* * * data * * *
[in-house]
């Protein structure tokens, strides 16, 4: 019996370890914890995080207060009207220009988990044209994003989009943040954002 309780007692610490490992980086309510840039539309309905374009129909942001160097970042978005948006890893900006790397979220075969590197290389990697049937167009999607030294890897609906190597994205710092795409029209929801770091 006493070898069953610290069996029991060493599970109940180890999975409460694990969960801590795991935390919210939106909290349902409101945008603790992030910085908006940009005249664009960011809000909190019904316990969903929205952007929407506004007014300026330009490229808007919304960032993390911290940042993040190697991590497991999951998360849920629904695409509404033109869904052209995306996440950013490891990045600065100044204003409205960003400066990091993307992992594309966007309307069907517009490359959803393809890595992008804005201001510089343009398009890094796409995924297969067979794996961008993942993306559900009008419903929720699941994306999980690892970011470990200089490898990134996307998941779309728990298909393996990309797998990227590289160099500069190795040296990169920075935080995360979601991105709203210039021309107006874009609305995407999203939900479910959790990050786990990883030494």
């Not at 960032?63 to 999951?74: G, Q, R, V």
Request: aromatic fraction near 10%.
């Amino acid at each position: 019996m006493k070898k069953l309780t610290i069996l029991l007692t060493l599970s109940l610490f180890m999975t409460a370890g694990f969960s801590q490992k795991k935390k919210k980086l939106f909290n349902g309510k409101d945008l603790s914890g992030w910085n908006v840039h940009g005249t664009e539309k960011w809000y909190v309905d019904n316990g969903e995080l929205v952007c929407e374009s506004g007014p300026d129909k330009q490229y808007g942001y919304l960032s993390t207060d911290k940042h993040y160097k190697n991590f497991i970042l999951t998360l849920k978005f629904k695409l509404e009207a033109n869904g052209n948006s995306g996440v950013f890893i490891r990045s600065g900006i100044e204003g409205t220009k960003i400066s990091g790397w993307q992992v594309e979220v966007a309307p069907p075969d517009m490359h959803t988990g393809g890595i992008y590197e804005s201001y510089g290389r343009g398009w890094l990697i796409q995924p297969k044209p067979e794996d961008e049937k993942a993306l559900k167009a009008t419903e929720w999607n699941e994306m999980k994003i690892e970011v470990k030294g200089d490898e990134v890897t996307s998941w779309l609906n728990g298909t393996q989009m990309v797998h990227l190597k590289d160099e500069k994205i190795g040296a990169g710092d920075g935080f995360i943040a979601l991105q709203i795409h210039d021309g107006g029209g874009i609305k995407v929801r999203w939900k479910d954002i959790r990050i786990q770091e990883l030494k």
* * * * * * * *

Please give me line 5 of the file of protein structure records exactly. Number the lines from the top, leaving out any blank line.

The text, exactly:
């Amino acid at each position: 019996m006493k070898k069953l309780t610290i069996l029991l007692t060493l599970s109940l610490f180890m999975t409460a370890g694990f969960s801590q490992k795991k935390k919210k980086l939106f909290n349902g309510k409101d945008l603790s914890g992030w910085n908006v840039h940009g005249t664009e539309k960011w809000y909190v309905d019904n316990g969903e995080l929205v952007c929407e374009s506004g007014p300026d129909k330009q490229y808007g942001y919304l960032s993390t207060d911290k940042h993040y160097k190697n991590f497991i970042l999951t998360l849920k978005f629904k695409l509404e009207a033109n869904g052209n948006s995306g996440v950013f890893i490891r990045s600065g900006i100044e204003g409205t220009k960003i400066s990091g790397w993307q992992v594309e979220v966007a309307p069907p075969d517009m490359h959803t988990g393809g890595i992008y590197e804005s201001y510089g290389r343009g398009w890094l990697i796409q995924p297969k044209p067979e794996d961008e049937k993942a993306l559900k167009a009008t419903e929720w999607n699941e994306m999980k994003i690892e970011v470990k030294g200089d490898e990134v890897t996307s998941w779309l609906n728990g298909t393996q989009m990309v797998h990227l190597k590289d160099e500069k994205i190795g040296a990169g710092d920075g935080f995360i943040a979601l991105q709203i795409h210039d021309g107006g029209g874009i609305k995407v929801r999203w939900k479910d954002i959790r990050i786990q770091e990883l030494k």